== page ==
In a recent trip to the East Coast to visit our granddaughter, Erica, and her parents, Aaron and Emily, I couldn’t help but reflect on our view from 35,000 feet above the earth’s surface. I’m not one to snap photos through the nine-inch square window of a jumbo jet but on this particular trip I chose to snap a few. It is a view like none other and it got me reflecting on life through a similar view.
When I awoke this morning the network news was all about the Iranian General who was killed by a missile fired from a US drone. The talking heads on the morning news were highly critical of the move, suggesting that Iran was all but certain to respond with force in the coming days. The television news networks seemed to dare Iran not to react, knowing from past experience that our actions would then be justification for whatever Iran comes up with in retaliation to our move.
Part of me wanted to just change the channel preferring instead to watch re-runs of MASH or some other mindless programing that didn’t require me to participate in the fervor of the day, but I resisted the temptation to look away.
If you are like me you will have many emotions about news like this, not the least of which would include the thought “why do I care, it doesn’t involve me.” But to have that thought would be disingenuous of the facts because it does indeed involve me.
Starting close to home, what happens to our troops overseas does indeed involve me. My oldest son is a member of the Army Reserve and his unit is serving a one-year deployment in “the sand box” as it is referred to. I don’t have a single detail about my son’s deployment other than the fact that his unit has been in the middle east and is just now ending a one-year deployment.
I should care what happened to an Iranian General because it could directly affect my son’s unit with the real possibility of extending their deployment in the middle east. Regardless of whether it is my son or daughter or someone else’s, the simple fact that our troops are in harms way does matter.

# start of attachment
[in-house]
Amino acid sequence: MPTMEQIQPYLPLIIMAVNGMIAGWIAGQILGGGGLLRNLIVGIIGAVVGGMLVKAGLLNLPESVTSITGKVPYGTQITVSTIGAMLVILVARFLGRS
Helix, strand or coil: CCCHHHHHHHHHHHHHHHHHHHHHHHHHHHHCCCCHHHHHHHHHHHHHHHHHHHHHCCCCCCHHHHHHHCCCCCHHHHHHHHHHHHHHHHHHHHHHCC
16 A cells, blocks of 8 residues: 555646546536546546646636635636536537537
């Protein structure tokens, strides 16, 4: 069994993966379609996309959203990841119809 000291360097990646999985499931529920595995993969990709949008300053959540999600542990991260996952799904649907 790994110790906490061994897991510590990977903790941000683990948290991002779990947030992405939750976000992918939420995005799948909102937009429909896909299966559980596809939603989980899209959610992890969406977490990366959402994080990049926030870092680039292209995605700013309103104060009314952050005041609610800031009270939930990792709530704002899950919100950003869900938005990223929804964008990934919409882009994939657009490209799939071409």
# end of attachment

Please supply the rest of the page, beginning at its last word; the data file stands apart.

It is easy to look at affairs overseas and think we are insulated from them, and maybe we are to a great extent, but someone’s child is in fact in harms way. Thankfully, the relative peace that we have benefited from in the middle east hasn’t required hundreds of thousands of America troops, but it has in fact involved too many for my comfort zone.
I want peace in the world and I’m certain that the vast majority of the world’s citizens would pray for world peace as well, but there are too many warmongers spread across the earth for that to come to pass. If I were to look out the window of an airplane flying over the African continent I would be looking down upon millions of the world’s citizens living in areas of conflict, hatred and oppression. From my comfortable seat flying over the continent I don’t have to worry about each individual and the poor quality of their lives any more than they would look at the contrail of our jumbo jet and think about what’s going on in my life.
Though I would yearn for all the peoples of the earth to be able to live in peace I don’t want my children to be the ones whose personal involvement guarantees it. I suppose that is a selfish thought to have but short of the end of times when I believe the Lord will return to manage things, we will always see conflict.
As we begin this new year and a new decade I encourage you to take your own snapshot from high above your world. If you are grateful for what you have then be sure to live a life of gratitude. Use your good fortune to bless the lives of those around you so that you might both prosper. If you feel the universe owes you something I would suggest that you shift your focus to the few things you can change to improve your station in life, which in turn will likely bless others in ways you won’t foresee until after it has happened.
It’s not too much to hope for a better world, especially when you are alive and can help it come to pass. Spend this next decade looking outward, not inward, and I guarantee your happiness will increase.